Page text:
Posted on January 04 2015 by Mases Hagopian
Just as a disclaimer, I will be answering this question in regards to design choices I feel were discarded when the Zelda series moved into 3D space. I’m not here to lament the death of 2D sprite gaming for the franchise, or suggest in any way that 3D Zeldas are an inferior experience. With that said, hit the jump for my views on what aspects of the franchise I feel were lost, broken up into sections.
An Omniscient View of the World
In the 2D Zeldas (aside from side-scrolling sections of certain titles, which I will return to later) the player has a clear bird’s eye view of a given screen. As such, they have the advantage of preparing themselves for most obstacles and taking the necessary precautions. The environment, and therefore exploration, is made completely open. There’s less ambiguity of what you can and cannot interact with in the world because of this visibility. Within three dimensional space, however, the world and how you explore it not only becomes more complex, it’s more focused and limited.
Take the first venture into 3D, Ocarina of Time, and most of the subsequent console titles which followed in its style. The player has a third person perspective of the world through an over-the-shoulder camera angle above Link’s head, and for the most part can only see what’s beyond that front view of vision. You can further constrain that viewpoint by toggling the camera to first person whenever you wish to take a better look at something in the environment. Added to the fact that the 3D Zeldas have components of a vertical nature, with objects existing on different levels, there’s a lot more complexity to traversing the world than simply transitioning from one screen to another. How the environment is affected by the player in a 3D plane is harder to gauge based on that variability. Keese, with their range of movement and flight patterns, could come flying at you from above your head or from the side. Compare this to the 2D plane of The Legend of Zelda, where the trajectory and movement of Link/enemies/projectiles is usually simplified to a straight point A to B interaction.
All of this is not to say that the 3D Zeldas are more difficult than the 2D Zeldas; on the contrary, as the creators designed these overworlds with the advantages/disadvantages of the player’s perspective in mind. For instance, the 2D games would bombard you with hordes of enemies on screen (a la Gibdos). It’s just that both variants of the Zelda experience have different ideas for what they want to emphasize about the world to the player. Of course, there are some exceptions to the general 2D Zelda framework, such as with the side-scrolling/platforming segments of the Four Swords titles, like Link’s Awakening, the wall merging mechanic in A Link Between Worlds, and the unique design of the The Adventure of Link. In the latter, the game was broken up into two sections: wandering the overworld with an overhead perspective, and the side-scrolling combat. The Adventure of Link‘s format has only been revisited again in the series by the aforementioned elements of the Four Swords games. With the advent of 3D, Zelda games haven’t tried that side-scrolling gameplay since.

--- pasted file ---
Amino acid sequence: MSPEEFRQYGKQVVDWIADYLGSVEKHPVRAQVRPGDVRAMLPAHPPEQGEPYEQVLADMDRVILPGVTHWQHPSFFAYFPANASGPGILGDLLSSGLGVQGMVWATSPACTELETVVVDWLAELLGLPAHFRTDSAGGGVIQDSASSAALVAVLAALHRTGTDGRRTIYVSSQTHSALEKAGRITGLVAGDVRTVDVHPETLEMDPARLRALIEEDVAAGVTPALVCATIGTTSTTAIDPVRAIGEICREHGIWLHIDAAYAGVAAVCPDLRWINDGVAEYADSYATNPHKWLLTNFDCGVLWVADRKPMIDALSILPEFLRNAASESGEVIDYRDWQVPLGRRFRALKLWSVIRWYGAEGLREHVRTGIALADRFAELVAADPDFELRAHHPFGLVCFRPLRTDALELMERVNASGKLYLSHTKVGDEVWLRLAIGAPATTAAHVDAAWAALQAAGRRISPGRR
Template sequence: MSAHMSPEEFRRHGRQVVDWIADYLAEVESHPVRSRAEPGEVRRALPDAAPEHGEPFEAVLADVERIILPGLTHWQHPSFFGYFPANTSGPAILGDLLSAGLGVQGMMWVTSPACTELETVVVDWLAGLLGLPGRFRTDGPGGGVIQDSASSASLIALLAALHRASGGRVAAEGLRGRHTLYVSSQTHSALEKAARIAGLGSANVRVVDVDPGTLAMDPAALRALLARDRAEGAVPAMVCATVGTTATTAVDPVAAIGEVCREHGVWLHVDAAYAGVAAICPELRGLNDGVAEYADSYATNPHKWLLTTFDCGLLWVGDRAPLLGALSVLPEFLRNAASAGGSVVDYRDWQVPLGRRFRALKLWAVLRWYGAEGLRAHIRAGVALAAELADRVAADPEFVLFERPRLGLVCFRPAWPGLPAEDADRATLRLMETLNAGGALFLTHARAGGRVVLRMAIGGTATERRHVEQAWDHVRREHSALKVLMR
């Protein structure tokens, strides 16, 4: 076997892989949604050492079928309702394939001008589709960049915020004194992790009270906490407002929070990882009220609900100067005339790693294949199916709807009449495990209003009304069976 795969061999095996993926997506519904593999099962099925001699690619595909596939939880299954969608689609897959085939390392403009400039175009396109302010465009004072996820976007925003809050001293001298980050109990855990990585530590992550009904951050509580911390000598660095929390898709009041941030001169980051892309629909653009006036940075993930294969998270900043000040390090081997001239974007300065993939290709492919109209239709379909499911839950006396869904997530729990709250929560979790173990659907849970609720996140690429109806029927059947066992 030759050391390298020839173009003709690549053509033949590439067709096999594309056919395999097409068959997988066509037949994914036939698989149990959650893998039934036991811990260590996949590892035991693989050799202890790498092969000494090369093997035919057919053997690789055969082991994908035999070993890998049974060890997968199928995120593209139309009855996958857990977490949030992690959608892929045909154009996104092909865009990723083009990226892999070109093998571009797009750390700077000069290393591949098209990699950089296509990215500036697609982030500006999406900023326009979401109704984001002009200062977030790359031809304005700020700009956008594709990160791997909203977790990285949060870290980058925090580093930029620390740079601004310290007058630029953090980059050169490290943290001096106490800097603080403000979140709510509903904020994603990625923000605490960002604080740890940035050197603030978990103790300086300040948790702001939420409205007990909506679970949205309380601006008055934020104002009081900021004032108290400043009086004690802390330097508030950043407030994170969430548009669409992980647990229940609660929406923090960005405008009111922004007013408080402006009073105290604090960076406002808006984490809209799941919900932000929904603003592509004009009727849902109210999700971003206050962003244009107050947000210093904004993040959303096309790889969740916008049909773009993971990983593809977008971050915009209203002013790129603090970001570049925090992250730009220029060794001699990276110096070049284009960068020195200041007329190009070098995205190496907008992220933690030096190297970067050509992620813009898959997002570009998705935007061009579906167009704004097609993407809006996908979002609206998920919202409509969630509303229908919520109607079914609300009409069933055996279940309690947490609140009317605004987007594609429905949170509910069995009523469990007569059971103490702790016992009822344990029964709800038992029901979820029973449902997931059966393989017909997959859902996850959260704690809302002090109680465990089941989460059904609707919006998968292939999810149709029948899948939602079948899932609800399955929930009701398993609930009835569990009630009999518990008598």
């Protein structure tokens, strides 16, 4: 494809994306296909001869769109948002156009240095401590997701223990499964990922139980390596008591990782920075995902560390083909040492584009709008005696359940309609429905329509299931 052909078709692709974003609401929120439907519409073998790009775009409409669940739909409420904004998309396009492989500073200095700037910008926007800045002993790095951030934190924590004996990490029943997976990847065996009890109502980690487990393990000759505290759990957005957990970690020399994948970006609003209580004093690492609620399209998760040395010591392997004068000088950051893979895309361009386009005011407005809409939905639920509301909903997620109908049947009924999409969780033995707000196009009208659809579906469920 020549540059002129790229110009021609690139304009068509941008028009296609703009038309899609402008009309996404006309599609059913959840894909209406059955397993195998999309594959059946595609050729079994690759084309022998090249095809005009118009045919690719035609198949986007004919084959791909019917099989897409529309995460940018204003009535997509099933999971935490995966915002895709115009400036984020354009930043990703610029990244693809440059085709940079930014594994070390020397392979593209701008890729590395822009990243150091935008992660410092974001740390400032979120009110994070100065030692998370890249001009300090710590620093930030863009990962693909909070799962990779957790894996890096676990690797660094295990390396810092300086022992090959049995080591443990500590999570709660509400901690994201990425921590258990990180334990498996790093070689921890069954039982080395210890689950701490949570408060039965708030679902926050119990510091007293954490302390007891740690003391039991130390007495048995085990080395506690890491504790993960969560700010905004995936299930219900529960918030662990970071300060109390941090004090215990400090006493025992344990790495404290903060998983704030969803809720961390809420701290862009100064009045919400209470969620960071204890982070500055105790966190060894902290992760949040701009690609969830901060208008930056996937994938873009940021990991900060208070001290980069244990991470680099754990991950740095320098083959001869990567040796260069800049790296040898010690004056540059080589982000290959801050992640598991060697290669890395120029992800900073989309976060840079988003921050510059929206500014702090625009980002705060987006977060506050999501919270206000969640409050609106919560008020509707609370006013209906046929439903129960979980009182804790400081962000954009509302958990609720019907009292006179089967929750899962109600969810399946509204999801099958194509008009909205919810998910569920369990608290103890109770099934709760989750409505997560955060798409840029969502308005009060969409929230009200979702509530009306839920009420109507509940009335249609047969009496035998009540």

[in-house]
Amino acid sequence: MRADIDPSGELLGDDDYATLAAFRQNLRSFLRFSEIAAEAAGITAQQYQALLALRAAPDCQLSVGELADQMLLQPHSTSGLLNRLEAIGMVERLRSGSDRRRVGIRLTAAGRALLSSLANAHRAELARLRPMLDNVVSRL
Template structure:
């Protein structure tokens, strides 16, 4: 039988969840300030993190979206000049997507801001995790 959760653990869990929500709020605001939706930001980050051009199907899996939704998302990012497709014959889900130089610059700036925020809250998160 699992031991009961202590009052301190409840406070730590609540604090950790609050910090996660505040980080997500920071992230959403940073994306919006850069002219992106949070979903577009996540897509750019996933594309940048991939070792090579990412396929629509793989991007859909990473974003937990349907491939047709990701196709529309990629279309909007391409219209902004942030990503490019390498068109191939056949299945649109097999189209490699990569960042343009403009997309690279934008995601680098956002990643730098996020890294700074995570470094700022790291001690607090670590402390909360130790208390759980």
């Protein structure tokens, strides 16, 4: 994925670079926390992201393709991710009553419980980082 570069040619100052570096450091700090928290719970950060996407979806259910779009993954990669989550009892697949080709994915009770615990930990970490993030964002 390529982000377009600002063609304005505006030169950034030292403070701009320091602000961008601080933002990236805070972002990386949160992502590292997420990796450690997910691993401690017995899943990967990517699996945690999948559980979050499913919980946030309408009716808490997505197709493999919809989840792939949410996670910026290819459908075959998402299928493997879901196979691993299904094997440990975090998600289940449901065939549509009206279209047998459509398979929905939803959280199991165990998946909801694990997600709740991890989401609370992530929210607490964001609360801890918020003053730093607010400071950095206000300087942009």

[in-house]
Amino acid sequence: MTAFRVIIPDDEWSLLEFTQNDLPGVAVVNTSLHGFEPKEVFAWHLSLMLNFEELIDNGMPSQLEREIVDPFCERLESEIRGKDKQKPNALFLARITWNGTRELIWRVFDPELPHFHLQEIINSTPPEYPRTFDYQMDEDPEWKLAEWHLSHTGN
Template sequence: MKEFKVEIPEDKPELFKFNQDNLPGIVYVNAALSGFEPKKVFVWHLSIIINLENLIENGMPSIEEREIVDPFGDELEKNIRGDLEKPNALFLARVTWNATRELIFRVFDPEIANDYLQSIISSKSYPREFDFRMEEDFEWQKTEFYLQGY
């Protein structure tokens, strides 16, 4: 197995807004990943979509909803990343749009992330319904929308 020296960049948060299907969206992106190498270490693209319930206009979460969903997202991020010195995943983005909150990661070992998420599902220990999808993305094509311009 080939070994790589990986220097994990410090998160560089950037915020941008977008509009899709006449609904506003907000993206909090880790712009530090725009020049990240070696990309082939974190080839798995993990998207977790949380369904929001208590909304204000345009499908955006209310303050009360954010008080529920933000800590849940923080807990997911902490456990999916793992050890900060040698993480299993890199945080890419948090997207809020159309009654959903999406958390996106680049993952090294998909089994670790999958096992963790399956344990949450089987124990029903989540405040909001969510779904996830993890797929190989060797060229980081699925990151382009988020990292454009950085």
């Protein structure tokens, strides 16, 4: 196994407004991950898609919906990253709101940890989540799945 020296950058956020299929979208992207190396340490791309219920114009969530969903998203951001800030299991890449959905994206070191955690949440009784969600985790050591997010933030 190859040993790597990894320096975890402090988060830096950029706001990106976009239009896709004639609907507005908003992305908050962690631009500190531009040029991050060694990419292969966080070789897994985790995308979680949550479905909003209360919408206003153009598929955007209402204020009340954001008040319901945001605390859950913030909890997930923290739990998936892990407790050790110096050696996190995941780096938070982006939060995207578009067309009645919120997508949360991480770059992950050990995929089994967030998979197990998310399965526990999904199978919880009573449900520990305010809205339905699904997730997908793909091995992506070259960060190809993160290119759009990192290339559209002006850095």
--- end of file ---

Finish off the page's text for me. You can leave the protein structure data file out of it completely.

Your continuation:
A Streamlined World
Alluding to what was said before, because environmental interaction in a 2D space was so clear cut to the player, progression was quick and fluid. The overall experience felt streamlined. Unlike in the 3D Zeldas released thus far, where Link’s momentum is cut short whenever the player needs to Z-target and pull their attention to something, the Link in say A Link to the Past could be moved while a whole screen of information gives the player the necessary details. Like in The Adventure of Link, the gameplay of Ocarina, Majora’s Mask, The Wind Waker, Twilight Princess, and Skyward Sword have all been segmented into two realities: the open world exploration portion and then the combat/investigation portion. Unlike Youtuber Egoraptor (his views expressed in a video), I don’t find this change in emphasis to be inherently bad for the franchise. I’m just noting that the relationship between exploration and combat became more disconnected due to the 3rd dimension, and in its place brought new and different complexity to the table.
This ties in with the previous point, which was about a game’s ability to efficiently move the player through the adventure. Whether you think that increasing involvement of narrative in Zelda is beneficial or detrimental to the series is up to interpretation, though I do perceive a drop in proper pacing. While 2D iterations having a simple storyline is more to do with hardware limitations than a purposeful design choice, it’s hard to dispute that storytelling has become a lot more intricate and meaningful to the overall experience for 3D titles. I feel that Skyward Sword is the embodiment of that idea, for while there’s a lot to experience gameplay wise, there were a lot cutscenes, with the combined run time of around 2 hours. A Link Between Worlds, the most recent 2D title, had a fraction of that amount, and mainly towards the end of the game, where pacing was not compromised. While it’s true that those two hours were interspersed in a game that averaged around 60+ hours, in my view those cutscenes weren’t spaced throughout the journey well, often breaking pace. While it was easy to appreciate the improved characterization and presentation, it was made less compelling when the game pushed me towards those story elements constantly.
Understandably the way Zelda was played had to change with the addition of the Z-axis, though these were some omissions that I think need to be addressed for the franchise’s future.
After hearing me ramble, what’s your view on the topic? Do you disagree with my views on the changes to the franchise? Chime in below!